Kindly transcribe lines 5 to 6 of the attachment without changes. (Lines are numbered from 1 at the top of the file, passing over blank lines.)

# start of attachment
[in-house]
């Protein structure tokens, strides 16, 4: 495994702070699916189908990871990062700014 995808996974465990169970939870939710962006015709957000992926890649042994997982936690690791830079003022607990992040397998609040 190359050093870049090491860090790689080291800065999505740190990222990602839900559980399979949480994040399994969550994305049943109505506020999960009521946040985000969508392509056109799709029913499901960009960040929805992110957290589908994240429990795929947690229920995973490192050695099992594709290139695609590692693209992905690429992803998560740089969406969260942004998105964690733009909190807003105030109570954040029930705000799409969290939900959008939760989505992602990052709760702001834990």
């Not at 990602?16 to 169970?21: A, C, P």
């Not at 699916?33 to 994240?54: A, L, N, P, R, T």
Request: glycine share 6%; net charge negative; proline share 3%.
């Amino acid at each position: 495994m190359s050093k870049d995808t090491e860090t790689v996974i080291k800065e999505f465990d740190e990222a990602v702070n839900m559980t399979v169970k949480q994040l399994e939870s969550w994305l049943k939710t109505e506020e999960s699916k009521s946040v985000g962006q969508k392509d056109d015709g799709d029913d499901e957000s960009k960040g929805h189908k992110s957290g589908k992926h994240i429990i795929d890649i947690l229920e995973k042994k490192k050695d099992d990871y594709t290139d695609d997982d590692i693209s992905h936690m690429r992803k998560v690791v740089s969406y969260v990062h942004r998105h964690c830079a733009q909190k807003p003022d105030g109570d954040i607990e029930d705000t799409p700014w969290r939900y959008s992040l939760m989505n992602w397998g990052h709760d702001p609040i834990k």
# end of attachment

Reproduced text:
Request: glycine share 6%; net charge negative; proline share 3%.
């Amino acid at each position: 495994m190359s050093k870049d995808t090491e860090t790689v996974i080291k800065e999505f465990d740190e990222a990602v702070n839900m559980t399979v169970k949480q994040l399994e939870s969550w994305l049943k939710t109505e506020e999960s699916k009521s946040v985000g962006q969508k392509d056109d015709g799709d029913d499901e957000s960009k960040g929805h189908k992110s957290g589908k992926h994240i429990i795929d890649i947690l229920e995973k042994k490192k050695d099992d990871y594709t290139d695609d997982d590692i693209s992905h936690m690429r992803k998560v690791v740089s969406y969260v990062h942004r998105h964690c830079a733009q909190k807003p003022d105030g109570d954040i607990e029930d705000t799409p700014w969290r939900y959008s992040l939760m989505n992602w397998g990052h709760d702001p609040i834990k």